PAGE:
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ASU Electronic Theses and Dissertations


This collection includes most of the ASU Theses and Dissertations from 2011 to present. ASU Theses and Dissertations are available in downloadable PDF format; however, a small percentage of items are under embargo. Information about the dissertations/theses includes degree information, committee members, an abstract, supporting data or media.

In addition to the electronic theses found in the ASU Digital Repository, ASU Theses and Dissertations can be found in the ASU Library Catalog.

Dissertations and Theses granted by Arizona State University are archived and made available through a joint effort of the ASU Graduate College and the ASU Libraries. For more information or questions about this collection contact or visit the Digital Repository ETD Library Guide or contact the ASU Graduate College at gradformat@asu.edu.


In order to cope with the decreasing availability of symphony jobs and collegiate faculty positions, many musicians are starting to pursue less traditional career paths. Also, to combat declining audiences, musicians are exploring ways to cultivate new and enthusiastic listeners through relevant and engaging performances. Due to these challenges, many community-based chamber music ensembles have been formed throughout the United States. These groups not only focus on performing classical music, but serve the needs of their communities as well. The problem, however, is that many musicians have not learned the business skills necessary to create these career opportunities. In this …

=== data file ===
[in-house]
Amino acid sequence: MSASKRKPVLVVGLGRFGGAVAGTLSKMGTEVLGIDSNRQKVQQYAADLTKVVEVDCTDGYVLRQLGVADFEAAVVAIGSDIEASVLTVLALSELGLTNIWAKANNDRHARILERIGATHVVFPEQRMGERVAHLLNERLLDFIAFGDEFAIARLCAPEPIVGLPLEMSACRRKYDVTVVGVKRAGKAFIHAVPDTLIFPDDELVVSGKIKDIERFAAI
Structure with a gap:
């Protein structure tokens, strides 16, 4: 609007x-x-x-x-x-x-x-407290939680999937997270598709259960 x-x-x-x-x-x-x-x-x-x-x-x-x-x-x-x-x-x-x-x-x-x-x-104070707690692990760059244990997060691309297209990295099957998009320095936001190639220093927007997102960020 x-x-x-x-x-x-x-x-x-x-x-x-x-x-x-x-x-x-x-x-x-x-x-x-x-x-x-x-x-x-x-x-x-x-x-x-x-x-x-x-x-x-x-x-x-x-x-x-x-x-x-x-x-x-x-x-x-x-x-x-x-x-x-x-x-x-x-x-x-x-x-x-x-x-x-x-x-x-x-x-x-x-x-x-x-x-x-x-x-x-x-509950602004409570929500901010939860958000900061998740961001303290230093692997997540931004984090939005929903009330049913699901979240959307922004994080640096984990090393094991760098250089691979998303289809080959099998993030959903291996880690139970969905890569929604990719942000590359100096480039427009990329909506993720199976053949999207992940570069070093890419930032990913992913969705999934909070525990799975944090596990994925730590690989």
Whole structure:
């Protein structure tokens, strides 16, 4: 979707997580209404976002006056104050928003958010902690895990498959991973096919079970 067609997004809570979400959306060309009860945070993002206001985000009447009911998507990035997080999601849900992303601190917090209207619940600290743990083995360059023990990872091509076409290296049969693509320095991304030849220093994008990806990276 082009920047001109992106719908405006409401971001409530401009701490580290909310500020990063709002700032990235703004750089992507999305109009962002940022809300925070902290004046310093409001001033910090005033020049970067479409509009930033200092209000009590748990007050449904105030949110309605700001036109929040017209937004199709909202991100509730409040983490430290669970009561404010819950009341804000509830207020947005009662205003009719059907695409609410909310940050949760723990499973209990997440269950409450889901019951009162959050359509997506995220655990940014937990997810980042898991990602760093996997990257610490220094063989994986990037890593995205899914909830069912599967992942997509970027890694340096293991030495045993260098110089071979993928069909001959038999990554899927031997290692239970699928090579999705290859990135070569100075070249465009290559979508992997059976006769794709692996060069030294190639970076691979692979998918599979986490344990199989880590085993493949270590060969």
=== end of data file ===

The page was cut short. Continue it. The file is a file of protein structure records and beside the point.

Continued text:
Contributors
Dalbey, Jenna Marguerite, Landschoot, Thomas, Mclin, Katherine, et al.
Created Date
2013

This paper provides a comprehensive study of Italian liturgical organ works from the 15th to 17th centuries. This music was composed for the Catholic Mass, and it demonstrates the development of Italian keyboard style and the incorporation of new genres into the organ Mass, such as a Toccata before the Mass, music for the Offertory, and the Elevation Toccata. This often neglected corpus of music deserves greater scholarly attention. The Italian organ Mass begins with the Faenza Codex of c.1430, which contains the earliest surviving liturgical music for organ. Over a century would pass before Girolamo Cavazzoni published his three …

Contributors
Holton Prouty, Kristin Michelle, Marshall, Kimberly, Ryan, Russell, et al.
Created Date
2015